Make Your Own Plastic Food…At Home!
Okay, as the self-diagnosed Queen of Fail when it comes to Japanese crafts (remember the “rabbit” from the animal lollipops workshop?), I was pretty sure that any fake food I made without the experts at the Make Your Own Plastic Food Workshop would look more like something from the compost bin than a reputable kitchen.
But so many people told me they were dying to try making their own food models (even though they were thwarted in signing up for the workshop because it’s only given in Japanese), I decided it was my bounden duty to take one for the team and test the English instructions in the kits, to see just how foolproof they really are.
Here’s what happened!
I chose two that were labeled at the lowest level of difficulty in the store. What could possibly go wrong?
Thought I ‘d start with the easiest looking one first. Here’s what was in the box. The English instructions were actually EXCELLENT. I want to note that any craft lameness you see from here on is due to a) my innate ineptitude or b) failing to follow the perfectly clear instructions written in my mother tongue.
Step One is to melt the plastic pouch of “beer” in a bowl of boiling water, but I discovered it melted perfectly well in hot tap water, it just took a little longer. (That way, I didn’t have to use the rubber gloves I had naturally failed to stock up on).
Kneading the pouch just the right amount turns out to be key, if you want realistic bubbles in your beer. (By some lucky fluke, I managed to avoid overkneading, but there are handy instructions for how to salvage things if you get too excited and turn your beer into creepy yellow foam instead.)
Okay! Not bad! I did have to plop the bag back into new hot water halfway through the pouring process, because it cooled off a lot faster than I thought it would, and began to glop. The thing I didn’t do quite right at this stage was to make sure the top was totally level, so it looked like a proper liquid. That’s why my beer looks like it’s got some curious anti-gravity properties.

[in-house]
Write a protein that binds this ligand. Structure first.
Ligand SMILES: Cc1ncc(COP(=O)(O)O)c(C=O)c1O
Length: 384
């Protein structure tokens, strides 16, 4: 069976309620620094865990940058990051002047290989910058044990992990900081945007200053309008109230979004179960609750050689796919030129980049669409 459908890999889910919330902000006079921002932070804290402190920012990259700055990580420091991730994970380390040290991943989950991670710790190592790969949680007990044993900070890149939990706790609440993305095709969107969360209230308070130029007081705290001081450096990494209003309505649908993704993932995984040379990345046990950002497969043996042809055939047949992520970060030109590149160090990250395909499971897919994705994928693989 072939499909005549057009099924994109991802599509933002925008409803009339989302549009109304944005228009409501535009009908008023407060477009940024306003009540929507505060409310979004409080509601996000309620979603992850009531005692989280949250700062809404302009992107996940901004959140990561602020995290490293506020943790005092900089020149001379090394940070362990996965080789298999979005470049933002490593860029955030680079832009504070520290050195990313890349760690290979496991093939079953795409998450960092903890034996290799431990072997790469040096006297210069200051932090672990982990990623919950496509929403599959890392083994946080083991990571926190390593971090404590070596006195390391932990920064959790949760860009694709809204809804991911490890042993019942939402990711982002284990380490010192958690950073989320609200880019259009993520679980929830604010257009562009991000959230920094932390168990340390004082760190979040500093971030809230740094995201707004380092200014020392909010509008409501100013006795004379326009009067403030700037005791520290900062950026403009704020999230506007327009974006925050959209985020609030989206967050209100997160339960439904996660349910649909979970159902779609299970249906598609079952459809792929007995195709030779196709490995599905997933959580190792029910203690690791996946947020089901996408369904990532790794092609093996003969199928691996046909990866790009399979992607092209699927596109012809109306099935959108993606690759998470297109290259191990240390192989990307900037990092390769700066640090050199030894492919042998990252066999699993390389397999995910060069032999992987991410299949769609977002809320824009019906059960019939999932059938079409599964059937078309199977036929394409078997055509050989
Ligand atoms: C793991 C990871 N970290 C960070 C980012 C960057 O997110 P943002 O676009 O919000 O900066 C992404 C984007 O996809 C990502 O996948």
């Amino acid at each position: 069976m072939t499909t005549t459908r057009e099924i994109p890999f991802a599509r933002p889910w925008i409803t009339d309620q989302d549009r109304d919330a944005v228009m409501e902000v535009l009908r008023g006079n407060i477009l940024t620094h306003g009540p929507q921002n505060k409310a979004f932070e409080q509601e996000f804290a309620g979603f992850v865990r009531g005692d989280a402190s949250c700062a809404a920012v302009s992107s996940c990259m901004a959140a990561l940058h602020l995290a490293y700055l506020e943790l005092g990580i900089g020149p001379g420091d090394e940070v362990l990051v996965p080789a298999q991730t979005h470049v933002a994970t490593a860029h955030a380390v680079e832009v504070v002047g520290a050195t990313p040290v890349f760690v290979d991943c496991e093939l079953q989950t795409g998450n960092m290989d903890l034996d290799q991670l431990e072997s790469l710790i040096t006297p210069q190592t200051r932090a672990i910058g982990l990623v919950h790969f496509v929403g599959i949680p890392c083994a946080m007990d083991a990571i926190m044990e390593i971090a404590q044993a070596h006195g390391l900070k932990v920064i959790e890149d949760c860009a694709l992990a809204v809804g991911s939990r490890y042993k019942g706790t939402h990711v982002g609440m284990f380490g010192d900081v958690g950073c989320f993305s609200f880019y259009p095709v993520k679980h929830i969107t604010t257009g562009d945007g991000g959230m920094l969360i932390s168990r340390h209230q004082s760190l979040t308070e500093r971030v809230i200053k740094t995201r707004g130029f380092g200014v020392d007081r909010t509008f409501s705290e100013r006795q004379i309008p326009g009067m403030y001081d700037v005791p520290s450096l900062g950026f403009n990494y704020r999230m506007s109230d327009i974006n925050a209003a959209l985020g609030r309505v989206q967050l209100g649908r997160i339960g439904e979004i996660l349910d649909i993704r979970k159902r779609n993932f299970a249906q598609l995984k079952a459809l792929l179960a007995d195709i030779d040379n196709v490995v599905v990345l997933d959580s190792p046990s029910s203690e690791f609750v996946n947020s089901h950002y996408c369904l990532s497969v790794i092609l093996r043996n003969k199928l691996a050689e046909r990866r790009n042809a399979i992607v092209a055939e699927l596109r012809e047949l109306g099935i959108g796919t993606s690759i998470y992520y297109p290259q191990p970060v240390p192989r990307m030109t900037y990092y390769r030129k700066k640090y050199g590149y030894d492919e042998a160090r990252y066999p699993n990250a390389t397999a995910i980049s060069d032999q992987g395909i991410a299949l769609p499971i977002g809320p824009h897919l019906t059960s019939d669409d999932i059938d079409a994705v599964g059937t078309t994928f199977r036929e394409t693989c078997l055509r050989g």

Next, I melted the “foam.”
Uh, not so easy. Even when I softened it up some more, it still sort of lumped onto the yellow part. Am pretty sure someone with more patience/better hand-eye could make this look more realistic without too much trouble, though.
Hmm, mine kinda looks like beer with whipped cream on top. (Of course, weirder food concoctions have trended in Japan, so this little project could turn out to be a success after all, due to its excellent trolling potential…)
Okay, on to Round Two! Bloodied but unbowed, I tackle the bowl of ramen…
Here’s what was in the box. Again, the English instructions were super, and any, uh, imperfections you may note in the finished product are totally mea culpa.
Showing a singular lack of reading skill, I dropped the entire skein of “noodles” into the hot water at once, instead of doing them in five bundles as suggested. oops.
Still, I thought my scrambling them around in five little bunches looked pretty damn good. I piled them up in the middle a bit, just as the pro tip suggested.
Next, I softened up those next ingredients in my old friend, hot water.
Slavishly copied the package photo as closely as I could. You’re supposed to anchor these guys with wax dripped from the two little birthday candles they include, but for those of us who are molten wax challenged, this was not really the most successful part of the process.
Finally, after melting the “soup” just like I did the “beer,” the moment I’d been waiting for!
Yikes, why was I overcome with a strange case of instruction blindness when it came to the all-important “knead well to be sure entire pouch is liquefied” directive? Behold the un-souplike flurp of fake broth.
Unsightly blob discarded and pouch remedially warmed, I poured on the rest, but fell a little short when it came to covering all the noodles. Damn. Maybe I SHOULD have gone with the Ramen Jello look and started a new career as an internet hoaxer…
But anyway – voilá! – here’s the final fake lunch:
Despite my native ineptitude, this doesn’t look half bad! (From a distance. Without your contacts. SHUT UP.)
In the end, I decided this wasn’t quite as much fun as going to the workshop – where we actually got to learn the techniques they use to make pieces of lettuce and tempura – but I’d give this two thumbs up in the gifting department. The kits aren’t cheap (they run about ¥1500-¥3000), but they’re definitely an excellent only-in-Japan find!
There was a pretty good selection of kits you could buy. The drinks ranged from beer to melon soda floats with a cherry on top, and the food plates were a good mix of Japanese and Western foods, from ramen to spaghetti.
You can buy these DIY kits at the Ganso Shop on Kappabashi Street (be sure to ask them to put in the English instructions when you pay at the register). If you’d like to stock up on fake food kits the next time you’re in Tokyo, directions & a map are on my website, The Tokyo Guide I Wish I’d Had.
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